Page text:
Lately I’ve been getting into photography and the whole Instagram game; and as a result I have not been as present on this platform as I should. As I’m creating more content for my feed, I’ve gone through so many awkward and embarrassing moments that I feel like I could share a plethora of Instagram vs Reality shots for you guys. The feeling of awkwardness still creeps up on me during most shoots but I’ve figured out some go to poses that will give you an awesome shot with minimizing some of the awkward-taco-ness. I wanted to share some of my photography posing tips in hopes that some of you will feel more comfortable in front of the camera!
So if you’re feeling mighty awkward in those Instagram photos, here are some go to tricks that I use and I promise you’ll look oh so good with these posing tips. (These tips are also good for photographers working with non-professional models, these are some tips you can use in helping them feel at ease…Hopefully!)
Photography tips on how to be less awkward in front of the camera:
Can’t find the good angles? Having trouble keeping a straight face? Face away from the camera! It’s less intimidating when you don’t need to stare down the barrel of a lens, so turn away from the camera and have the back of you be the focal point of the shot. Shots like these allow the viewers to place themselves in your shoes as there is no face to the subject. These shots work particularly well with dramatic and scenic backgrounds. This is a go to for a lot of landscape travel instagrammers!
Tip: Play with your hair, create shapes with your arms, and separate the legs to create more negative spaces and a thinner shape.
My favourite go to pose! If I don’t feel comfortable looking directly at the camera, a quick glance to anywhere else away from the camera makes the image look candid and unsuspected. Look up, down, left, right…. Just anywhere but the camera and tilt your head in the direction you are looking in. If you happen to glance slightly off center of the camera, it will look odd so be intentional when doing the “look away”. It gives a ‘natural feel’ to the image and provides the viewer a quick peek into your life as if they were observing you in passing. These shots are great in urban settings and a good starting point for portrait photography.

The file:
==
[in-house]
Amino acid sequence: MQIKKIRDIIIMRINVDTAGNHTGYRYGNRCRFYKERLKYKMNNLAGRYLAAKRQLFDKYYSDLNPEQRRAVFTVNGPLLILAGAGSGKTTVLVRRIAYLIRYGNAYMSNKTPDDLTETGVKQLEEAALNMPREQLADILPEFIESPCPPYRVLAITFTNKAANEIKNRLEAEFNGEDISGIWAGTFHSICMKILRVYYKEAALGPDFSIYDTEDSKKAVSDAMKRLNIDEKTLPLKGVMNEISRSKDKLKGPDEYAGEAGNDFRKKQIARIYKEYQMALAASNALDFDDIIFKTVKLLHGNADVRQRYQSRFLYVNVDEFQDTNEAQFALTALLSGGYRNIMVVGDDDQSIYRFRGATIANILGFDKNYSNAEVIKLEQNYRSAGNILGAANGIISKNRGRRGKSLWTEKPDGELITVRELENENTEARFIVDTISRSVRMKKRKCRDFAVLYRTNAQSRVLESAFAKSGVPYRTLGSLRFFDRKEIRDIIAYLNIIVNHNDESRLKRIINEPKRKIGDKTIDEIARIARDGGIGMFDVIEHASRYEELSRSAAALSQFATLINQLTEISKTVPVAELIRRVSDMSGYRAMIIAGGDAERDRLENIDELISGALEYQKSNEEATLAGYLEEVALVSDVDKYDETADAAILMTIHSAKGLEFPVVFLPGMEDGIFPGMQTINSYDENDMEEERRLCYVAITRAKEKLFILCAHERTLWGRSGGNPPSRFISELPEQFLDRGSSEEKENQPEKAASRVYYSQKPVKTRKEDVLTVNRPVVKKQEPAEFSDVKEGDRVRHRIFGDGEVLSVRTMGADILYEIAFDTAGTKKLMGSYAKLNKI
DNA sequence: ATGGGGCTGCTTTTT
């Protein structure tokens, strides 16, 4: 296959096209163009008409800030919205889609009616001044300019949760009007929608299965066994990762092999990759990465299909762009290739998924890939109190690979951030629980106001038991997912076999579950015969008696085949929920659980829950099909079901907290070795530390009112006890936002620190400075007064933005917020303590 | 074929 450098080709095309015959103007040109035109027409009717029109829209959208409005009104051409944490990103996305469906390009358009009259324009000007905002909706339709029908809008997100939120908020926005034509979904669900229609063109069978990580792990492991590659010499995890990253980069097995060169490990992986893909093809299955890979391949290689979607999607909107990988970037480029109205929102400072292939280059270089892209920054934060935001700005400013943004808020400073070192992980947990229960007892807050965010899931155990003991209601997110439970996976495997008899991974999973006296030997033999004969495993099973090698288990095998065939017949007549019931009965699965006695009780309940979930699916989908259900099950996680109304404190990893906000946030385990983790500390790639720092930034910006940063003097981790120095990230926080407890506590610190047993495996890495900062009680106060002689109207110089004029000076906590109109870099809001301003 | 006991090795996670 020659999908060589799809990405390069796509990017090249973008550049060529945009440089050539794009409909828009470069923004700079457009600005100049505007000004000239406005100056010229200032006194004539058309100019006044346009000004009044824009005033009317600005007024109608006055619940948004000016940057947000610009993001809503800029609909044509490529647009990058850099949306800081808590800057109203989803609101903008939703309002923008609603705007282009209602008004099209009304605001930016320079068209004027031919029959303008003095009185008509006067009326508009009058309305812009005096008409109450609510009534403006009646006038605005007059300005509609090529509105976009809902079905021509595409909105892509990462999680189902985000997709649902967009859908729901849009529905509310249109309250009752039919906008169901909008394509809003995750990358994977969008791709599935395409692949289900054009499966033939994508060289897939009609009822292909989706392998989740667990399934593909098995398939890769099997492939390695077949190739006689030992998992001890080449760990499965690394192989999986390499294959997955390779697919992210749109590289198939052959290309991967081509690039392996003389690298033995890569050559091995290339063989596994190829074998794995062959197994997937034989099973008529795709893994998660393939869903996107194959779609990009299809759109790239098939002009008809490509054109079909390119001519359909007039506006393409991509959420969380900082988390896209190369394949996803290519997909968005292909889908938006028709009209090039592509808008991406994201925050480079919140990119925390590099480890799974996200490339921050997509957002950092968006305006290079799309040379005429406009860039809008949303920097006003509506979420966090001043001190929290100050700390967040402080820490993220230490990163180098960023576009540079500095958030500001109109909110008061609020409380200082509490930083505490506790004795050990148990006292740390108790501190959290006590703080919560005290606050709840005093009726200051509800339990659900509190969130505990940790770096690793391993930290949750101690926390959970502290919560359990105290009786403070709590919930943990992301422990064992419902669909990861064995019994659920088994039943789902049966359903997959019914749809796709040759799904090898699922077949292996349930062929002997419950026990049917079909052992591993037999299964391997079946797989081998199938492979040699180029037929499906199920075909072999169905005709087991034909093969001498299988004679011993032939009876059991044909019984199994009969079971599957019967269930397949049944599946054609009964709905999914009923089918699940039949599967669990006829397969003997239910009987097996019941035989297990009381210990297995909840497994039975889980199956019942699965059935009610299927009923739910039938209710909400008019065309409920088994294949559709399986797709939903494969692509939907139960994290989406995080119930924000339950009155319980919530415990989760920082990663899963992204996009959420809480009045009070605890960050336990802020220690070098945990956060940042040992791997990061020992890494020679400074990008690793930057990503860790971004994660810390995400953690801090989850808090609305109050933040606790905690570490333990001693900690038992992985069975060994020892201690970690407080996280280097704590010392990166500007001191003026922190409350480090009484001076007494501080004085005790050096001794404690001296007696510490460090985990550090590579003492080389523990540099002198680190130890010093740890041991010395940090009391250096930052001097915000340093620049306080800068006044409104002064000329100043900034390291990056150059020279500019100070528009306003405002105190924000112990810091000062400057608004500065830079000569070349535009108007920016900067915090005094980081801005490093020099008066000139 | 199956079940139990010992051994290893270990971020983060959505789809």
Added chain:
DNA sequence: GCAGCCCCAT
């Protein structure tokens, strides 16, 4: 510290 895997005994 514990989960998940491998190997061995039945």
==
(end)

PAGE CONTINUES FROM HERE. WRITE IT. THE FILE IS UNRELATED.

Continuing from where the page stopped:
Create cool shapes and profile shots with this method! This is a great tactic for shoots during golden hour and sunset times. Due to the nature of silhouetted shots, it’s not as important to get eyes open and picture perfect facial angles. Silhouetted shoots provide an opportunity to have fun and allow the play of cool action shots. It’s okay if your face is in a grimace or an awkward half blink, no one will be able to tell in a silhouetted edit.
Tip: Yoga poses by the water where you can play with the reflection and sun position is a fun way to start!
Feeling a bit lazy? Didn’t get enough sleep last night? Always blinking? Sunglasses are your best friend. They help conceal the bags and badly timed closed eyes while giving you some effortless cool vibes. Reflective glasses are great to really eliminate any possibility of seeing through the lenses but be careful of picking up unwanted things in those reflections.
Take a different approach and eliminate the face, maybe focus on more detailed shots of hands or feet. Allow yourself to play with props to get a more natural pose for shots. Without needing to focus on posing the perfect facial expression, you can concentrate on the perfect placement of the body. Great reference material are a lot of hypebeast sneaker shots.
Tip: Make sure to NOT cut limbs off at the joints. Instead crop away from joints to avoid the hand-less/limb-less voids.
Bonus photography tips!
Shoot in quiet locations:
Find places and times where the location of the photo shoot is less crowded or even empty. Less judgment and the constant worry of others should help with you feeling at ease in front or behind the camera. This will allow for you to pose longer and work along with your photographer without feeling as self conscious. Early mornings and late evenings will usually prove to be quiet in most places.
Shoot with friends:
One of my first group photo-shoot experiences was actually doing the Michael’s Challenge! Photo challenges are a lot of fun to do in groups and to challenge your creativity. The whole night was filled with laughter and some awesome photography moments.
If everyone’s a goofball, it’s hard to be as self conscious when you’re too busy laughing. Find a group of buddies that can make the whole photo-shoot experience more fun. Always remember, no one out in public will remember you the next day, so try not to be self conscious when shooting out in public spaces. Friends are great at encouraging you and can help with the creativity process.
I hope some of these tips will help in making your next photography session a bit less daunting. Let that creativity flow and at the end of the day, it’s always worth it for the shot 🙂